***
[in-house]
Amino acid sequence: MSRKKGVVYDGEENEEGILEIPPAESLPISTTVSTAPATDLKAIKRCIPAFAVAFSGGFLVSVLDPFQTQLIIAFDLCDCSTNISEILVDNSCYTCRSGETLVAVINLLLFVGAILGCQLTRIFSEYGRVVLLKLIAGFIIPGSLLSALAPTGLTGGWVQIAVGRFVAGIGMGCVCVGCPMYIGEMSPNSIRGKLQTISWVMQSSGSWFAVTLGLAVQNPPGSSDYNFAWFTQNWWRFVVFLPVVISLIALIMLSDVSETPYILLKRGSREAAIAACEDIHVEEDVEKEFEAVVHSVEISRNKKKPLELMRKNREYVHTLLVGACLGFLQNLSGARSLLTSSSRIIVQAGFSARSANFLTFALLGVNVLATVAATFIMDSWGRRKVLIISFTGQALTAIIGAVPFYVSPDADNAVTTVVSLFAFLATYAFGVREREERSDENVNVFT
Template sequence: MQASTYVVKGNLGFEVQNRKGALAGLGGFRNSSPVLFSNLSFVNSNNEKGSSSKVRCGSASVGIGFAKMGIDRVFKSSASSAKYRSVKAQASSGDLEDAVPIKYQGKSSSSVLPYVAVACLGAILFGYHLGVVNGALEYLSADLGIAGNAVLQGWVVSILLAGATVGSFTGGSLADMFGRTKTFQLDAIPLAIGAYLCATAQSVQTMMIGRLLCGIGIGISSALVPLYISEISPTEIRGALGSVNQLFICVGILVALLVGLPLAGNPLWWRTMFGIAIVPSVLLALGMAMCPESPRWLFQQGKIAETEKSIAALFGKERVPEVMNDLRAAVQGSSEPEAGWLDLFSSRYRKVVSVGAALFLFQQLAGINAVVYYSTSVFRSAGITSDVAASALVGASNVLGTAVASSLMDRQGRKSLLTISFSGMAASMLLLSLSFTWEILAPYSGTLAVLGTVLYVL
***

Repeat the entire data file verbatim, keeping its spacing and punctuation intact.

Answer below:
[in-house]
Amino acid sequence: MSRKKGVVYDGEENEEGILEIPPAESLPISTTVSTAPATDLKAIKRCIPAFAVAFSGGFLVSVLDPFQTQLIIAFDLCDCSTNISEILVDNSCYTCRSGETLVAVINLLLFVGAILGCQLTRIFSEYGRVVLLKLIAGFIIPGSLLSALAPTGLTGGWVQIAVGRFVAGIGMGCVCVGCPMYIGEMSPNSIRGKLQTISWVMQSSGSWFAVTLGLAVQNPPGSSDYNFAWFTQNWWRFVVFLPVVISLIALIMLSDVSETPYILLKRGSREAAIAACEDIHVEEDVEKEFEAVVHSVEISRNKKKPLELMRKNREYVHTLLVGACLGFLQNLSGARSLLTSSSRIIVQAGFSARSANFLTFALLGVNVLATVAATFIMDSWGRRKVLIISFTGQALTAIIGAVPFYVSPDADNAVTTVVSLFAFLATYAFGVREREERSDENVNVFT
Template sequence: MQASTYVVKGNLGFEVQNRKGALAGLGGFRNSSPVLFSNLSFVNSNNEKGSSSKVRCGSASVGIGFAKMGIDRVFKSSASSAKYRSVKAQASSGDLEDAVPIKYQGKSSSSVLPYVAVACLGAILFGYHLGVVNGALEYLSADLGIAGNAVLQGWVVSILLAGATVGSFTGGSLADMFGRTKTFQLDAIPLAIGAYLCATAQSVQTMMIGRLLCGIGIGISSALVPLYISEISPTEIRGALGSVNQLFICVGILVALLVGLPLAGNPLWWRTMFGIAIVPSVLLALGMAMCPESPRWLFQQGKIAETEKSIAALFGKERVPEVMNDLRAAVQGSSEPEAGWLDLFSSRYRKVVSVGAALFLFQQLAGINAVVYYSTSVFRSAGITSDVAASALVGASNVLGTAVASSLMDRQGRKSLLTISFSGMAASMLLLSLSFTWEILAPYSGTLAVLGTVLYVL